Nalcor undeterred by Quebec court loss

James
James McLeod
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Will appeal decision in Upper Churchill good faith case

Taxpayers are on the hook for $4 million in legal costs for a Quebec court challenge, and that number could keep climbing.

Nalcor CEO Ed Martin spoke to reporters Friday morning at Hydro Place in St. John’s. Nalcor was handed a loss in its case to get redress on the Upper Churchill contract. Martin said he’s planning to appeal. — Photo by James McLeod/The Telegram

The provincial government was handed a major legal setback this week, when a Quebec judge dismissed the good faith court case to redress the 1969 Churchill Falls hydro contract.

But Nalcor CEO Ed Martin said that he’s already looking to appeal the ruling, and Premier Tom Marshall said the stakes are too big for the government to back away now.

Martin said the dollar figure is between $300 million and $600 million per year.

This week, a Quebec judge issued a lengthy ruling against the Churchill Falls Labrador Corp. (CFLCo) — which is majority owned by the Newfoundland and Labrador government.

The government argued that the 1969 electricity contract between CFLCo and Hydro-Québec needs to be revised because it’s so lopsided in favour of Quebec.

Judge Joel Silcoff dismissed that argument.

Essentially, Silcoff found that back in the 1960s, Brinco, which was developing the project, wanted low risk and high certainty. Because Hydro-Québec bore most of the risk, Silcoff said, it stood to benefit disproportionately.

“CFLCo and Hydro-Québec got what they bargained for,” he wrote in his ruling.

As for the Newfoundland and Labrador argument about good faith, the judge referred to “newly identified and creative legal theories” on the part of CFLCo, but said that at its core, they were arguing essentially the same thing that the Newfoundland and Labrador government has complained about since the 1970s.

Speaking to reporters Friday morning, Martin rattled off a list of legal experts in Quebec who have said that Nalcor has a valid legal case, and he said the judge never directly addressed the good faith argument.

He said that when the court case started, Nalcor anticipated that no matter which way the ruling went, the loser would almost certainly appeal.

Ultimately, he said, it could go all the way to the Supreme Court of Canada.

Liberal Leader Dwight Ball said that he can understand why the government would go that way.

Ball said he hasn’t seen the legal case, and he can’t say for sure that he would have taken it to court, but now that it’s there, it makes sense to keep pushing.

“As a matter of principle, when you’re prepared to take anything or anyone to court, you may as well be prepared, if you’re willing to start it you’d better be prepared to finish it,” Ball said.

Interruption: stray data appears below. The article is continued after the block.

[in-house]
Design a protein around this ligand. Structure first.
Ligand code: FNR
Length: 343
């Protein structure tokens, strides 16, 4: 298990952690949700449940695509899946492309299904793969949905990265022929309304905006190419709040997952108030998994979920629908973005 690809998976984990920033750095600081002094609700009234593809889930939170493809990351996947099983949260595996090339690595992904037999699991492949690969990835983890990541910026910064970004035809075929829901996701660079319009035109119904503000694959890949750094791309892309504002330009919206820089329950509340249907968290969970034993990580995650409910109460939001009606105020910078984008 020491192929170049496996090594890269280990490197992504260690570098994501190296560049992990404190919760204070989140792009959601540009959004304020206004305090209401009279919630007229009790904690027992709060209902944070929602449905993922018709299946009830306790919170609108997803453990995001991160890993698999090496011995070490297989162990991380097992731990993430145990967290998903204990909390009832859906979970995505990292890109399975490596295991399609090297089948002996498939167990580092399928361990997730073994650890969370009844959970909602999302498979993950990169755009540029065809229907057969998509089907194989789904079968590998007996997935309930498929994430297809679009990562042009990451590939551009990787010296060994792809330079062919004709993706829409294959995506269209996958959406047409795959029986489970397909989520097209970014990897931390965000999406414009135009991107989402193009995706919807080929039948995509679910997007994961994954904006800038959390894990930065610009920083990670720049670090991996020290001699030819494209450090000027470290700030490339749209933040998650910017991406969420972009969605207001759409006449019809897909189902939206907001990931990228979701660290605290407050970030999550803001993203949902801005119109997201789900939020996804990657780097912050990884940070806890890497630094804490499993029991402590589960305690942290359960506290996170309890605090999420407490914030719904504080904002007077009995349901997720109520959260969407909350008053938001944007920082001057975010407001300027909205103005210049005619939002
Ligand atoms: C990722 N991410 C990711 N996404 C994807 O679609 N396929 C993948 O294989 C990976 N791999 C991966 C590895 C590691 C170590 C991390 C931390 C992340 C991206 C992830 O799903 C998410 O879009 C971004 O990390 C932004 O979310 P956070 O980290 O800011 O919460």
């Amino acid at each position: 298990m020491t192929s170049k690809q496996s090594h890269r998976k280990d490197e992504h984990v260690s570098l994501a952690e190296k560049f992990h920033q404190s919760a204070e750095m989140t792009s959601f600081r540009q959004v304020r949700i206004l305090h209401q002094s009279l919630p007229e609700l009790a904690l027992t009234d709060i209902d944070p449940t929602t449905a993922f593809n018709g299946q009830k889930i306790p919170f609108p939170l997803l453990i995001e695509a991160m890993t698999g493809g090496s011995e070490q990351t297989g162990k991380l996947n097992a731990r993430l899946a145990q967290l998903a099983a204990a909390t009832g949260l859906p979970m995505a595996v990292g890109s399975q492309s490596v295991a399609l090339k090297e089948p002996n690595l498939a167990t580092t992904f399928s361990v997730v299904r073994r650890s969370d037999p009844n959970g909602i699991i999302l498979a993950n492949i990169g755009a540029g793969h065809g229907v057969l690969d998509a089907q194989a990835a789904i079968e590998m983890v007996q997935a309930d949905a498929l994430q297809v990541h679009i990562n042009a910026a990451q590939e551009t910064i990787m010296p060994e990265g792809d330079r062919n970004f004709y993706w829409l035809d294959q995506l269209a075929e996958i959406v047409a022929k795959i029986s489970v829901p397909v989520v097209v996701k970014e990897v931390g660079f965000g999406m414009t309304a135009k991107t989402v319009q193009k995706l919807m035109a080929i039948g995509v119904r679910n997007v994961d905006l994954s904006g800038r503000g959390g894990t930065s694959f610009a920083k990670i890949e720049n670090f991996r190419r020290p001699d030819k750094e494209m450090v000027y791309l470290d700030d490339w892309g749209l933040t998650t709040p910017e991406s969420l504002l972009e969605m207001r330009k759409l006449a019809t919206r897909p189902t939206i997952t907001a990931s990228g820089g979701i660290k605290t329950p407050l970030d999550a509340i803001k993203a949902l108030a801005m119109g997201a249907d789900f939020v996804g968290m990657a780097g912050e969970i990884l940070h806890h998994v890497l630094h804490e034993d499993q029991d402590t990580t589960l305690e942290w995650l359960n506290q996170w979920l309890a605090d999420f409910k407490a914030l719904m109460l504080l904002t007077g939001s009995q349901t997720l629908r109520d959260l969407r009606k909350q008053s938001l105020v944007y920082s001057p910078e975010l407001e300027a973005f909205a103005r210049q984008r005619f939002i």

Meanwhile, almost immediately after Martin announced that Nalcor is planning to appeal, New Democrat Leader Lorraine Michael took to Twitter to voice her disappointment.

“More of the people’s money going down the drain,” Michael wrote.

She said that the court case is motivated more by politics than anything else.

jmcleod@thetelegram.com

Twitter: TelegramJames

Organizations: CFLCo, Hydro-Québec, Churchill Falls Labrador Corp. Supreme Court of Canada

Geographic location: Quebec, Newfoundland and Labrador

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Recent comments

  • Yo mama
    July 28, 2014 - 11:14

    The Smallwood family must be red with shame.

  • dupce
    July 26, 2014 - 15:47

    I often find that some Newfoundlanders act a bit like children, they’re always throwing tantrums when they don’t have their way. In 1969, BRINCO went under and was saved by Hydro Quebec who took over the debt, installed the cabling, and promised to purchase 100% of the electricity at a good $$$$, because at that time Oil $$$$ were very low. It was an uncertain future for Electricity. HQ owned 20% of Hamilton Falls (renamed Churchill Falls) and ended up with 34% of Churchill Falls (Labrador) Corporation Limited. English Common Law is very clear. When a contract does not go against any laws, it will stand the test of time. Now if Danny’s Anti-Quebec & Anti-French behavior was good for some Newfoundlanders and some English Canadians, so be it. But I can assure of one thing, after that episode, the transportation of Electricity from the Lower Churchill (Muskrat Falls) will never be transported on Quebec territory in my life time. The story of incompetence does not stop with BRINCO, but continues at the “Come by Chance” Refinery which went bankrupt and ended up in South Korean hands. Oh yes, the cost of Electricity will be so high at Muskrat Falls, that Hydro Quebec could lay the cable and still supply Newfoundland at .07¢ / Kwhrs.